In some ways it seems the 49ers and the Seattle Seahawks of this decade were made for each other.
“We are very similar in the way we like to go after it in defense, running game and special teams,” Seahawks coach Pete Carroll said Wednesday, “so you see two like philosophies go at it.”
Does that mean Carroll and Jim Harbaugh, not exactly the closest of friends, aren’t all that different as coaches?
“What do you think?” Carroll asked.
Entering another matchup between the two men and their teams, this Sunday in Seattle, it’s hard to answer in anything but the affirmative.
From the outside looking in, Harbaugh and Carroll are both ultra-competitive coaches. Call them fiery. Call them singular. Call them whatever you want. They seem to have many of the same qualities.
Here is Harbaugh, responding to a question earlier this week, about the magnitude of the 49ers-Seahawks matchup.
“We always look at the next game as being the most important game of the year,” he said. “Winning that game, whenever the next game is, is the most important game on the schedule.”
And here is Carroll on Wednesday.
“We try to treat everyone ‘em like it’s the biggest game in the world, and we’ve done it that way for a long time,” Carroll said. “We try to be disciplined about that, so that we don’t waver our performance with who we are playing.
“They’re going to get our best shot, and I know they’ll be gunned up and ready to go, too.”
Their players may not all be getting the memo.
“In their mind – they probably won’t say it in front of the players – but they definitely want to win this game a lot more than other games,” Seattle safety Earl Thomas said Wednesday. “That just adds the cherry on top, building the excitement up for this game.”
Under the cherry and back to the proof being in the pudding: An outside observer could say that Harbaugh and Carroll like to coach the same kind of players.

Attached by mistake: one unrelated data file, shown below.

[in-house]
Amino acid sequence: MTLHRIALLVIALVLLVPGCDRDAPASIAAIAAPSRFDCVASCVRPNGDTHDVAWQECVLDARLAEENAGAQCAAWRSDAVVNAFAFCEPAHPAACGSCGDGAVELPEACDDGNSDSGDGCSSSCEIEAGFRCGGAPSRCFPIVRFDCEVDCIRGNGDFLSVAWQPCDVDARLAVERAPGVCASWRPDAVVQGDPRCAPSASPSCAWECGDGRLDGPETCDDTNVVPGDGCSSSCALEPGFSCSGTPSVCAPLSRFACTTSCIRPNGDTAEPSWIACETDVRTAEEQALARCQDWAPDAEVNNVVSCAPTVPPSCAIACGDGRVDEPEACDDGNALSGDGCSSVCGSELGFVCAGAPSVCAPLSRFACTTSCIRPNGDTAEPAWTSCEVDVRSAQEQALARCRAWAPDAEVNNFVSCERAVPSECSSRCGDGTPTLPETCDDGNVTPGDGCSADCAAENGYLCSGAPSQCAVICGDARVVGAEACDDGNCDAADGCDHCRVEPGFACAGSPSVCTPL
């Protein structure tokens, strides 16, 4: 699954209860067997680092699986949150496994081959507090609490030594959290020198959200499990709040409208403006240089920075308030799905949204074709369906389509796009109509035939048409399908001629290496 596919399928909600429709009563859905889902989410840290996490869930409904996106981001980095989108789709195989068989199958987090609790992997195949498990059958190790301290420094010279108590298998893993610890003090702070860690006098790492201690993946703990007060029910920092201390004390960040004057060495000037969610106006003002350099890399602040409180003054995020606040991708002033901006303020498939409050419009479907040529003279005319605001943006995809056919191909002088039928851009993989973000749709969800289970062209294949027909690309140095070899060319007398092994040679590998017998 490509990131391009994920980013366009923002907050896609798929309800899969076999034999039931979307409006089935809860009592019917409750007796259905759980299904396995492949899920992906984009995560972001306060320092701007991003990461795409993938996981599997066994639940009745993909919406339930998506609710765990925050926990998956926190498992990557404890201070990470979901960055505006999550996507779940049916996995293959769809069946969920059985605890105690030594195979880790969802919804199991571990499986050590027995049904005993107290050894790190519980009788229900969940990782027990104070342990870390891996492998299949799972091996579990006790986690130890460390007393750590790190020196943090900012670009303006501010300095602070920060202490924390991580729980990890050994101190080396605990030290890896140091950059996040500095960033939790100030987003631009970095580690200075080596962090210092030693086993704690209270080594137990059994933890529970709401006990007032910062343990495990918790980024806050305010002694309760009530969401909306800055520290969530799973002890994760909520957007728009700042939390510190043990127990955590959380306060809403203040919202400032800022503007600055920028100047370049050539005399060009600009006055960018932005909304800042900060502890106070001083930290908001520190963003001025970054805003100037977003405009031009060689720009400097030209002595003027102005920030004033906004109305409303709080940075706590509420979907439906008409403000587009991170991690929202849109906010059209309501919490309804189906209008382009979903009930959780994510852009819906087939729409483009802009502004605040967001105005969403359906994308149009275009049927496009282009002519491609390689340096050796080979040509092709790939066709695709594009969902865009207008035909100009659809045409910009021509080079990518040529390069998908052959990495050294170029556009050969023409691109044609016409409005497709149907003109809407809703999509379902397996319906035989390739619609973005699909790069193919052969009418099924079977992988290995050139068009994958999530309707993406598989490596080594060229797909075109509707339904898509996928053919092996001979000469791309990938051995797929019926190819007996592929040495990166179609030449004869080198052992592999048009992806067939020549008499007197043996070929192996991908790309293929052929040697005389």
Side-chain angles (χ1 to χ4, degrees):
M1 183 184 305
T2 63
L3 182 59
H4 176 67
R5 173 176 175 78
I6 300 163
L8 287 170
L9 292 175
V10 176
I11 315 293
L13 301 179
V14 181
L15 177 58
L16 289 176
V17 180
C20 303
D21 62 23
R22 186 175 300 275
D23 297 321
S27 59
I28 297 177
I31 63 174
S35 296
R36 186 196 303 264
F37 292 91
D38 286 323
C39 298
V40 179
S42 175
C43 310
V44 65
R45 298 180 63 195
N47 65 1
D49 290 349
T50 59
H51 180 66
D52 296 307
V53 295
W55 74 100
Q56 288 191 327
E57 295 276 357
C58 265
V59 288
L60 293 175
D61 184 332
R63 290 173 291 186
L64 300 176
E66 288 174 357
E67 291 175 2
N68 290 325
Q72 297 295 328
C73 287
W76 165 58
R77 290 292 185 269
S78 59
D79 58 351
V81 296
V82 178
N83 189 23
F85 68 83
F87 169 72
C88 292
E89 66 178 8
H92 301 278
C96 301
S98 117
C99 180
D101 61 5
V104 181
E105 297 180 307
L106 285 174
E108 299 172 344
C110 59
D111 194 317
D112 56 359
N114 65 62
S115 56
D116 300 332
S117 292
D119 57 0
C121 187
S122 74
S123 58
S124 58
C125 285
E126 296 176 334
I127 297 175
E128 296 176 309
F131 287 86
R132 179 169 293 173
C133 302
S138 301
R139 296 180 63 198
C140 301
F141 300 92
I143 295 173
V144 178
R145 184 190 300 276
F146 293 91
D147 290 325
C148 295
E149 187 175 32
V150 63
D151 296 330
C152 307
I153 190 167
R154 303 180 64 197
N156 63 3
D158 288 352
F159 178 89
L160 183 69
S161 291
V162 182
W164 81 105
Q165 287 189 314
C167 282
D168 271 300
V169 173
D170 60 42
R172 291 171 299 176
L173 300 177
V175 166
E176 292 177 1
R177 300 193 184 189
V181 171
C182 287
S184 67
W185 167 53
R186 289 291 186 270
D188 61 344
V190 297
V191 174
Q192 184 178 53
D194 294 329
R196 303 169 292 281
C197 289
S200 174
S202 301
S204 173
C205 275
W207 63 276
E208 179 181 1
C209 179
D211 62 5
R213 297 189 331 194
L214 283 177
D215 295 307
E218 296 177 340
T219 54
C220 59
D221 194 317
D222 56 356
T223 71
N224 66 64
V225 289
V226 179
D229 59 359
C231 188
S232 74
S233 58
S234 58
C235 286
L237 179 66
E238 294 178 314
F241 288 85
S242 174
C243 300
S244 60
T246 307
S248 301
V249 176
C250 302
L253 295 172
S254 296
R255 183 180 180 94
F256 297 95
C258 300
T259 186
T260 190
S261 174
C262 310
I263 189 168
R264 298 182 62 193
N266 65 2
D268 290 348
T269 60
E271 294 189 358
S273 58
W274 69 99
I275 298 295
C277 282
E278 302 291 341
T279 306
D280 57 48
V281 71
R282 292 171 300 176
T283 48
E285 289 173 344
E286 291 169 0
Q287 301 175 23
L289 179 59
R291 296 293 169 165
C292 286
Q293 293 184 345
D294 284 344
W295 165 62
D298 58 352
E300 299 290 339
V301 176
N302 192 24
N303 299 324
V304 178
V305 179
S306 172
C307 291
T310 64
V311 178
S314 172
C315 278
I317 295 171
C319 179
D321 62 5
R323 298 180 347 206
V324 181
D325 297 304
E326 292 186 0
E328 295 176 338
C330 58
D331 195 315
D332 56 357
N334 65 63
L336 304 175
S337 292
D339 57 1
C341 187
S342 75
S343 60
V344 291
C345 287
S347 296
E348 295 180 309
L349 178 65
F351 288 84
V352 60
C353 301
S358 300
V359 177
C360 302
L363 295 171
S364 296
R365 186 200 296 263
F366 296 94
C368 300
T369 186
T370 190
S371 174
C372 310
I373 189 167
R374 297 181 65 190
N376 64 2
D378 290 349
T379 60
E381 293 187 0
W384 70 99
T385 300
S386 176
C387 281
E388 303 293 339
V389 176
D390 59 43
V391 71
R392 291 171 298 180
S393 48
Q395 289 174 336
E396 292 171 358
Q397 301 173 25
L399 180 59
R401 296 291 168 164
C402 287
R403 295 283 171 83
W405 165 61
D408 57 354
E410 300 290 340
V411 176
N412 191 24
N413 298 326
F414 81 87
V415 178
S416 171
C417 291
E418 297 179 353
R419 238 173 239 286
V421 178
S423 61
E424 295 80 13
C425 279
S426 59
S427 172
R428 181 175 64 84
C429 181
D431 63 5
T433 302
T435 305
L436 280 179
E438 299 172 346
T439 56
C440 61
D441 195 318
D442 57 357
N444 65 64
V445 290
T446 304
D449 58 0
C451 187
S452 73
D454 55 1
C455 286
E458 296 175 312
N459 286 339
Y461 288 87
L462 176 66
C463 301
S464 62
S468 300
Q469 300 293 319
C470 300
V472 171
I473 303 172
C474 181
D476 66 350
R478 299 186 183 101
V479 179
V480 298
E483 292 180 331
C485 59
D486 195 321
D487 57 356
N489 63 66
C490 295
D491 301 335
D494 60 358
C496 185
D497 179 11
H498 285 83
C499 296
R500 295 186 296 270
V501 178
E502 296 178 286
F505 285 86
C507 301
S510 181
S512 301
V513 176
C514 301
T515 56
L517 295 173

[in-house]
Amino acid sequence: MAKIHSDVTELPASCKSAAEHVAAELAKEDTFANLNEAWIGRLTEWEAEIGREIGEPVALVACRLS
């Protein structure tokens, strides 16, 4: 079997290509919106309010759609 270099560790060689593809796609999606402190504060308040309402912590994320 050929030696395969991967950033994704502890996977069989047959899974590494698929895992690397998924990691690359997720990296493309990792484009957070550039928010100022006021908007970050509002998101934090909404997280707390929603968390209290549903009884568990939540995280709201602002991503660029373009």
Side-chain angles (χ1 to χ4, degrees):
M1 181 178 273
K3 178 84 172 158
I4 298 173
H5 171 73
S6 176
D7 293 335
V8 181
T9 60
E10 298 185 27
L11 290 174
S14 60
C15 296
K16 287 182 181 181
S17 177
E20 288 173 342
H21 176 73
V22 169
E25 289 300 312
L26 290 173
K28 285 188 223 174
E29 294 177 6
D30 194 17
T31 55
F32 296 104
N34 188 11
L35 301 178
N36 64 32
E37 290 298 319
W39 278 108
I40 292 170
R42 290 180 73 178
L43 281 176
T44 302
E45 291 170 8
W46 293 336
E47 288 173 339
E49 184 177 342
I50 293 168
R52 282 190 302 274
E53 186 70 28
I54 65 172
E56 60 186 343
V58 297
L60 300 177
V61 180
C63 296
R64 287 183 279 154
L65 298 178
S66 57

This is evidenced by the way cornerback Richard Sherman and wide receiver Doug Baldwin, who both played for Harbaugh at Stanford, have fit so well into Carroll’s “program” up north.
“Those guys have an attitude about them,” Carroll said. “They are extremely competitive. Both bring a real nature to their play that we love.”
Wonder where that comes from.
Of course, Harbaugh and Carroll do not agree on everything, even when you might expect them to do just that.
Here is the 49ers coach on the NFL’s new rule regarding tackling read-option quarterbacks such as
“I believe that when a quarterback is handing the ball off or faking a ball – in the read-option case, he’s reading on an option play – that he’s as defenseless as a quarterback who is in the act of throwing,” the coach said. “I’m not advocating that they don’t hit the quarterback if he has the ball, but if he’s in the pocket, I believe there should be a strike zone.”
Does the Seahawks coach, who has Russell Wilson run the divisive scheme, agree with Harbaugh?
“No, not at all. Because I don’t see any issue with it,” Carroll said. “I think that quarterbacks, when they’re runners they’re able to get hit and when they’re not they’re not. I think that’s the only way they could have stated the rules and I thought they were pretty clear about it.”
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